Encouraging entrepreneurship in the hinterlandsAuthorities need to invest in education to produce trained junior technical assistants.
Six years ago, pig farmer Bhim Luitel started out with 27 pigs and a Rs400,000 investment. The agro entrepreneur from Waling, Syangja now has more than 400 hogs, and his farm is valued at nearly Rs50 million. A great success story, no doubt, but at one point Luitel had been thrown into despair when his newborn piglets and even those still in the womb began dying for lack of Vitamin A, and he lost a lot of money. Rescue came in the form of low-cost Vitamin A injections from India, which worked wonders when no veterinary doctor or technical expert could determine the cause of the trouble.
Luitel owns a flourishing pig farm and slaughterhouse, and he is one of the many entrepreneurs in the hinterlands who have struggled against great odds to get to where they are today. He is already thinking of expanding his business to serve four neighbouring districts, and export pigs to China too. His story is representative of Nepali agro entrepreneurs in the hills who face regular hardships like difficulties in securing investment, lack of a sustainable supply chain ecosystem and lack of laboratories, medicines and technical support. Alongside these entrepreneurs, there are also those who exhibit a parasitic attitude and seek subsidies to run their businesses without looking at the possibilities and alternative avenues to make their operations viable and sustainable.
The existing policy gaps make it difficult for most agro entrepreneurs in the hinterlands to run their businesses. Entrepreneurs from rural parts neither own property nor land with any kind of road access which can be used as collateral. This adds to their woes as banks refuse to provide them with loans. Apart from this, the non-availability of junior technical assistants (JTA) locally exacerbates their problems and entrepreneurs have to go as far as India to consult entrepreneurs and find solutions.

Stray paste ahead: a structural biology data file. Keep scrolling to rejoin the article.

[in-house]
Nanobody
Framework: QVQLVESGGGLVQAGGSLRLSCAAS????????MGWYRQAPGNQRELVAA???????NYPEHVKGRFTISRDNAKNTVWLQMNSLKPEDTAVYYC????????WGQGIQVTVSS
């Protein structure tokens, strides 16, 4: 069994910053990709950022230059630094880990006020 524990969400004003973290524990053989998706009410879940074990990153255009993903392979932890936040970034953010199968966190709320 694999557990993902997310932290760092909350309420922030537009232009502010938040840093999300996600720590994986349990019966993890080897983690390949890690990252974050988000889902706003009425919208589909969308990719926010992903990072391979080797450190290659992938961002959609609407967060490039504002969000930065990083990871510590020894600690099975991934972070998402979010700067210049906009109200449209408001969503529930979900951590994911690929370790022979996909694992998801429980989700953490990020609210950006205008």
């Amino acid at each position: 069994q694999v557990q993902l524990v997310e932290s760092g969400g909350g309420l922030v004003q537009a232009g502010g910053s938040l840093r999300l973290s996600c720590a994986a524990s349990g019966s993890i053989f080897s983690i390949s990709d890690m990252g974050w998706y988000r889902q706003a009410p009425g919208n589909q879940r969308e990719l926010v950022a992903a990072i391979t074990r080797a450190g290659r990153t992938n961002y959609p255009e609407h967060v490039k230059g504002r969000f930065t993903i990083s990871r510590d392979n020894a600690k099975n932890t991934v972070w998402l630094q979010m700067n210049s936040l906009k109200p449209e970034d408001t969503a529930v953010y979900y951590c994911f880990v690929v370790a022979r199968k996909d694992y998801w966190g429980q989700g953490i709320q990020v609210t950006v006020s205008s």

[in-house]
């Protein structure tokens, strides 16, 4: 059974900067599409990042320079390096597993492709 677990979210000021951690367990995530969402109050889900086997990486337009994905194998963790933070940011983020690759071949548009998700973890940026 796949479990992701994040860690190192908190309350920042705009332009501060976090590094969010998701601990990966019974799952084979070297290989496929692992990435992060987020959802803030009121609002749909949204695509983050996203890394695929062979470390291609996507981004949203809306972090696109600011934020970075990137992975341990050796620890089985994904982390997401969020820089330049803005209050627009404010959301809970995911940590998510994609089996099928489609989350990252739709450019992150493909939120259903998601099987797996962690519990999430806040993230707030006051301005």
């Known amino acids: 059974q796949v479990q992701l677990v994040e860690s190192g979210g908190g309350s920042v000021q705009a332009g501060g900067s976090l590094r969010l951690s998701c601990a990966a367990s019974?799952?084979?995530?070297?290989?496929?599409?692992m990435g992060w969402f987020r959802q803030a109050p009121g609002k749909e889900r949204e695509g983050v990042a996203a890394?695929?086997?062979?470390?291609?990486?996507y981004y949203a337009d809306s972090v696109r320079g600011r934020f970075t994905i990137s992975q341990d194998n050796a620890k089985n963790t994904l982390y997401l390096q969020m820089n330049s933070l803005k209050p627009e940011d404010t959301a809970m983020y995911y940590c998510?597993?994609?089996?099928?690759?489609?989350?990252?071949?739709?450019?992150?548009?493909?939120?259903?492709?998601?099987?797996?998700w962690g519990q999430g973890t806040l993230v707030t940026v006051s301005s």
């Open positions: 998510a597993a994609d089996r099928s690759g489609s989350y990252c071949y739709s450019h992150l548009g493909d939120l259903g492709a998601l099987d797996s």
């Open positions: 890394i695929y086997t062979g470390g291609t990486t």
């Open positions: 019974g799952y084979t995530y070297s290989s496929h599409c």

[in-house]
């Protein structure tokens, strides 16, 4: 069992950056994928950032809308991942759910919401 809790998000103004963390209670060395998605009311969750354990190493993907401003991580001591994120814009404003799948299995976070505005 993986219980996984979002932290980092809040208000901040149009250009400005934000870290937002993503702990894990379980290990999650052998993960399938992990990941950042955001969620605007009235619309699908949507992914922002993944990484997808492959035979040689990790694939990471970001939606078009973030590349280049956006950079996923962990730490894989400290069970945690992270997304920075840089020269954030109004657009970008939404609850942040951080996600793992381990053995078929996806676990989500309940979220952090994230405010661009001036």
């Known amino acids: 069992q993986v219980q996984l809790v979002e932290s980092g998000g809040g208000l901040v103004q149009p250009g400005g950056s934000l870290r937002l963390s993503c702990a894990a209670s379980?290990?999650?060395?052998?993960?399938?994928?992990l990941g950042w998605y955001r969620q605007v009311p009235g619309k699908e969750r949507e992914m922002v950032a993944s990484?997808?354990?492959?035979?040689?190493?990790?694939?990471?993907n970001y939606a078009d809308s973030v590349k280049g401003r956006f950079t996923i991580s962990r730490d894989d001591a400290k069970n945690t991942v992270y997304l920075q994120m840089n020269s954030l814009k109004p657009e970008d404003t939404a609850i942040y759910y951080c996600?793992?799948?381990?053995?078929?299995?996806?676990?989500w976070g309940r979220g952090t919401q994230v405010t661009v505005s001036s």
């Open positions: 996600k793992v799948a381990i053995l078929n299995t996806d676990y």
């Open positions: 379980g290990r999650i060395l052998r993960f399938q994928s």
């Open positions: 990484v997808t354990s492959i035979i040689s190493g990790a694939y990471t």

There are 33 entrepreneurs in Waling Municipality who are engaged in cow and buffalo farming and the milk is utilised solely for consumption. It is unfortunate that there are no industrial units in the vicinity to process the milk to make cheese, butter, ice-cream and other dairy products. They also lack knowledge about coming up with value-added products for utilising the excess production. They end up incurring losses as the non-availability of feed locally for their cows and buffaloes forces them to get it from the Tarai. The inability of their livestock to give enough milk due to changes in the temperature and other climatic conditions makes the farmers more disappointed.
Entrepreneurs in the hinterlands also complain about the absence of an organised market locally where they can sell their output. Usually, all sorts of vegetables, meat and poultry are sold in the same market. This is an inconvenient practice that guarantees no safety for their produce. The non-availability of collection centres for vegetables makes the market ill-organised too. Rough terrain and lack of proper logistical support make transportation of the produce difficult. Agro entrepreneurs also face threats from wild animals that damage their standing crops. Localised efforts to ward off monkeys using sounds of pistol shots proved fruitful only temporarily till they became used to it.